The editors at Examine.com recently updated the page on raspberry ketone. This supplement has stepped out of the spotlight lately, but it remains popular and we receive a lot of questions about the effectiveness of raspberry ketones.
Though raspberry ketone were featured often in the media last year, not very much additional research has been conducted on the supplement since. The in vitro (in a test tube) data suggests supplementing raspberry ketones is ineffective and impractical due to the very high concentrations used to achieve any fat burning effect. Studies done on rats also note the sheer amount of raspberry ketones the rats needed to be fed in order for the researchers to observe any benefits. One human study did investigate raspberry ketones, but the supplement was used alongside many others, and benefits could not be traced back to raspberry ketones specifically.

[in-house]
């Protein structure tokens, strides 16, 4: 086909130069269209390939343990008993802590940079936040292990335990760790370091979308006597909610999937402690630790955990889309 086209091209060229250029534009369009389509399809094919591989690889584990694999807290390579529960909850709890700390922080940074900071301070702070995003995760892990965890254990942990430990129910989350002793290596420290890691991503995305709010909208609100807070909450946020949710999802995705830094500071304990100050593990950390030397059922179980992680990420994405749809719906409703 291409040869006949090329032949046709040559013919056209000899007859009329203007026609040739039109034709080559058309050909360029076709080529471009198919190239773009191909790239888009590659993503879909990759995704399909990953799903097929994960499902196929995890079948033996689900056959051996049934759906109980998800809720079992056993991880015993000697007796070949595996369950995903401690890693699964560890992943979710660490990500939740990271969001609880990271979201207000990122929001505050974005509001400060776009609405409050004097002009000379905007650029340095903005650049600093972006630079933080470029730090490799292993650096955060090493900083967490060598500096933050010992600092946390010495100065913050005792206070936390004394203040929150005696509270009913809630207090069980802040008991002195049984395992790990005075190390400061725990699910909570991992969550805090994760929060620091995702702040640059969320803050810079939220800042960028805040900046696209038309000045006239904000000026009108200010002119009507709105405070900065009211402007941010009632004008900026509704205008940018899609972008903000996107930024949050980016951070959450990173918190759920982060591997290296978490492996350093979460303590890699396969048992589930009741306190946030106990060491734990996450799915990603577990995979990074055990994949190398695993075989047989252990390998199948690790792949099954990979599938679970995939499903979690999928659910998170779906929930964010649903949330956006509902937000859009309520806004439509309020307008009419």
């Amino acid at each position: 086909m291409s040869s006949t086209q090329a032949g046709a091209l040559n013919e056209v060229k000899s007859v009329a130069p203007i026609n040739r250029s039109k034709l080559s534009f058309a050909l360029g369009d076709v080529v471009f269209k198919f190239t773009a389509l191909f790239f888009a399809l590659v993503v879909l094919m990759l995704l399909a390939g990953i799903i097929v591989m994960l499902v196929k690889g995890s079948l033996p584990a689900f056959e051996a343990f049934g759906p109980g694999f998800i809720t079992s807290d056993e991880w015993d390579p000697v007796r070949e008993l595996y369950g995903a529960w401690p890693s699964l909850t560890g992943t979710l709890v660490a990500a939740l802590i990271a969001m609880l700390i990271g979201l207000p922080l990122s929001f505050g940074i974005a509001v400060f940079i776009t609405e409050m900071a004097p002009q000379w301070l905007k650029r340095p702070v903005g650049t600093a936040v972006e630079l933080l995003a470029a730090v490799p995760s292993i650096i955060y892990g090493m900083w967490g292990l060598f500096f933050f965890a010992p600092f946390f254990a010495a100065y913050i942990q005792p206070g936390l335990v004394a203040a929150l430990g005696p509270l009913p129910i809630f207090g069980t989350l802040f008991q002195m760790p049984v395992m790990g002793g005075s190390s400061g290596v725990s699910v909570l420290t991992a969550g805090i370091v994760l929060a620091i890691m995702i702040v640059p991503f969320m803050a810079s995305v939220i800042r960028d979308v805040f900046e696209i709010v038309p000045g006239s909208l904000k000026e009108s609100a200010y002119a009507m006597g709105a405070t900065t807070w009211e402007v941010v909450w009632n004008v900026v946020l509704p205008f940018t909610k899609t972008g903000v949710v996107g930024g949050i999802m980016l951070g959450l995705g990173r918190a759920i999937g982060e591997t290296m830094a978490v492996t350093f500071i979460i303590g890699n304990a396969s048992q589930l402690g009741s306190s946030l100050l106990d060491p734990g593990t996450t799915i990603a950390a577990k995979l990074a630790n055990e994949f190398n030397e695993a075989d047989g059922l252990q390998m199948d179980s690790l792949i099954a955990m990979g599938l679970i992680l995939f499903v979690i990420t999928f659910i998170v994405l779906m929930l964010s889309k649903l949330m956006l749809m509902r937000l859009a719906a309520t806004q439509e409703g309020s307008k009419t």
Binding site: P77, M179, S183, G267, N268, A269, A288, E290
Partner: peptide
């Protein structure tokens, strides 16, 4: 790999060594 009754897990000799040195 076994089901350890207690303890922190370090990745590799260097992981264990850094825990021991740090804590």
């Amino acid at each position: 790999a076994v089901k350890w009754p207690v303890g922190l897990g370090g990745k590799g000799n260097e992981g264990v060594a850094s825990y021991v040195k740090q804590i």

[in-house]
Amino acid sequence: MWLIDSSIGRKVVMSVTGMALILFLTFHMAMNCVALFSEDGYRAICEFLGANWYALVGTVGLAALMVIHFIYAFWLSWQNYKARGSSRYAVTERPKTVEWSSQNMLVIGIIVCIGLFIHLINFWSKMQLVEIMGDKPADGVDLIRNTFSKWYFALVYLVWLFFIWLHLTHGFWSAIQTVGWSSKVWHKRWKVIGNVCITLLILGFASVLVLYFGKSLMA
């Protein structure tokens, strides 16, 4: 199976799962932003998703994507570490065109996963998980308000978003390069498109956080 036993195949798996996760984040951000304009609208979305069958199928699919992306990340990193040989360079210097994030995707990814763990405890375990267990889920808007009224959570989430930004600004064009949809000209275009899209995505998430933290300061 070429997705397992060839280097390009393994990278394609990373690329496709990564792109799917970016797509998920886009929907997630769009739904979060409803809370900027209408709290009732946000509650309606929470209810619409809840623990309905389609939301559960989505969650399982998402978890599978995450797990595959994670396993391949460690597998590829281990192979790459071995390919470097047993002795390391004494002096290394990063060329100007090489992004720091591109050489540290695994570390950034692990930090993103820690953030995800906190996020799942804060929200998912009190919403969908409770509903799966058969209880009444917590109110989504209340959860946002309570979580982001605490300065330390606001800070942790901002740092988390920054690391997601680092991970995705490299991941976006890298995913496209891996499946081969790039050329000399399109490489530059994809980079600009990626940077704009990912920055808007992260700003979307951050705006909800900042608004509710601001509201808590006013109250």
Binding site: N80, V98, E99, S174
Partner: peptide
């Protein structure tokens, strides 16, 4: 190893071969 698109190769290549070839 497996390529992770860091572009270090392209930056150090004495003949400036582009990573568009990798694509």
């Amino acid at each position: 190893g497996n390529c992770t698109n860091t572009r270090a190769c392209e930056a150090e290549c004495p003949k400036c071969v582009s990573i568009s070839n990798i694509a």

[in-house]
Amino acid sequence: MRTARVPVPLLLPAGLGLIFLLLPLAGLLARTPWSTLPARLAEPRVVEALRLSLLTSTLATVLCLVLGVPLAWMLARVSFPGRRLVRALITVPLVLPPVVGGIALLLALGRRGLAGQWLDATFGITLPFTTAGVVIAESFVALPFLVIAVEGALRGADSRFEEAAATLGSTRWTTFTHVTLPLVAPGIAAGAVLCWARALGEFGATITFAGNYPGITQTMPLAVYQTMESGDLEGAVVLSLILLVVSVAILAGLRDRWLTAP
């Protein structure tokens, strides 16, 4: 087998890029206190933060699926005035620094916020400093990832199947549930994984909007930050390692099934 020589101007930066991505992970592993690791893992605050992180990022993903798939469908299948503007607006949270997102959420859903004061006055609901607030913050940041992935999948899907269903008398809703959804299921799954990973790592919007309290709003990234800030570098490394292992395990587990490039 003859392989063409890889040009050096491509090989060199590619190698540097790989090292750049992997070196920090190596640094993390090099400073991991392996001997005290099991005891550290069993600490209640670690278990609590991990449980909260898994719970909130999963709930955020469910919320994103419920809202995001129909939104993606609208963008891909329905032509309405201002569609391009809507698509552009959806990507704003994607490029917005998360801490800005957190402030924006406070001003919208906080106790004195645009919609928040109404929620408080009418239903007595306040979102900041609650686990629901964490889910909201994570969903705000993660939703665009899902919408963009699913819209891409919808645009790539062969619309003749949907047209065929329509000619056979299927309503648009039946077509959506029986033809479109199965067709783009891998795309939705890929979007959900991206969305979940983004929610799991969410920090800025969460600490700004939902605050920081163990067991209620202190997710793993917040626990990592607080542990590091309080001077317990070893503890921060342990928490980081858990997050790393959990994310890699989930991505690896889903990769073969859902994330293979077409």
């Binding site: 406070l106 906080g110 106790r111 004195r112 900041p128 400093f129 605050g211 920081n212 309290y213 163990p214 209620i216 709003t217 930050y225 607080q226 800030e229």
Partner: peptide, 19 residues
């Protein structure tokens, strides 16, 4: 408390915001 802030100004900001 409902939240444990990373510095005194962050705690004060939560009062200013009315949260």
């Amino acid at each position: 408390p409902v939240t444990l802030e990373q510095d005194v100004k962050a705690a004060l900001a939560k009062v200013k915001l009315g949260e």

If you take a look at our page, you’ll notice our Human Effects Matrix (HEM) suggests that raspberry ketone might provide aesthetic benefits, like improved skin elasticity and hair regrowth. These effects have only one trial’s worth of evidence behind them, meaning further research is needed to confirm the effects of raspberry ketone on hair and skin. Keep in mind as well, these effects are not exclusive to raspberry ketones. Green tea catechins and cinnamic acid, both with a molecular structure similar to raspberry ketone, have been shown to smooth skin and regrow hair.